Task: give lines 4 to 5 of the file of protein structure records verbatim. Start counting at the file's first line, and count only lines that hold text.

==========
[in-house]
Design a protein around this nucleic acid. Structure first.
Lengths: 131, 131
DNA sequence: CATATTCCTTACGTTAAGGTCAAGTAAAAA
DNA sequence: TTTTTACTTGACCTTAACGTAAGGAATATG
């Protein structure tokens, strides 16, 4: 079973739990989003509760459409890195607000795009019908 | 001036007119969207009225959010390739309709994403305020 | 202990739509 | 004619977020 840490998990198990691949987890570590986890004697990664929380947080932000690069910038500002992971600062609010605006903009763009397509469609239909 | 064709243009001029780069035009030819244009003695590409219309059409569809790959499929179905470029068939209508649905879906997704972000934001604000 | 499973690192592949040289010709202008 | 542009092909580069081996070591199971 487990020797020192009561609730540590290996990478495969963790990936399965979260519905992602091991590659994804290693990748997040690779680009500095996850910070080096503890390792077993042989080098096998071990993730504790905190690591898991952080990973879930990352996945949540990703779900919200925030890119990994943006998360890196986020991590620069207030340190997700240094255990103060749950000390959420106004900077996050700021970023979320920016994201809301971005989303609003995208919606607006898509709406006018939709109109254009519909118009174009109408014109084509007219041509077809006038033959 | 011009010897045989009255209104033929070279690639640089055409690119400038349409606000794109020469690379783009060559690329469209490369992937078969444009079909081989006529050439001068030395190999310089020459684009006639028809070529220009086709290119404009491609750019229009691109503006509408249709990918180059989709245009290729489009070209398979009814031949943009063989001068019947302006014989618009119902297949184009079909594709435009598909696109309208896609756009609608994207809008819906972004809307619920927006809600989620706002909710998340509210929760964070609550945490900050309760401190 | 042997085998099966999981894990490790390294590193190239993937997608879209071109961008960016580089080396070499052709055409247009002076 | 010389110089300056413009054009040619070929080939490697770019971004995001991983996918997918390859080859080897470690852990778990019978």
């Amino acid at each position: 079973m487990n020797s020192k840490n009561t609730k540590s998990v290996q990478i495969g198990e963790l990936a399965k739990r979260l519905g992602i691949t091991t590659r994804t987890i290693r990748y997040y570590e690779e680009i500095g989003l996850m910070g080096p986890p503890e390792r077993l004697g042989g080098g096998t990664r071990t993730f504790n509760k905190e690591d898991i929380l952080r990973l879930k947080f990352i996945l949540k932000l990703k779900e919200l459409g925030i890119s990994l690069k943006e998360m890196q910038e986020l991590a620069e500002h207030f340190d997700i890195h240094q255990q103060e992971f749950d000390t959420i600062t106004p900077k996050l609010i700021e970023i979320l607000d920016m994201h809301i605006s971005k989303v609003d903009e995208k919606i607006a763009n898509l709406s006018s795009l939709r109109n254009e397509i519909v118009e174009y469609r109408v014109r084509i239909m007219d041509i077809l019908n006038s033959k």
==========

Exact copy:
DNA sequence: CATATTCCTTACGTTAAGGTCAAGTAAAAA
DNA sequence: TTTTTACTTGACCTTAACGTAAGGAATATG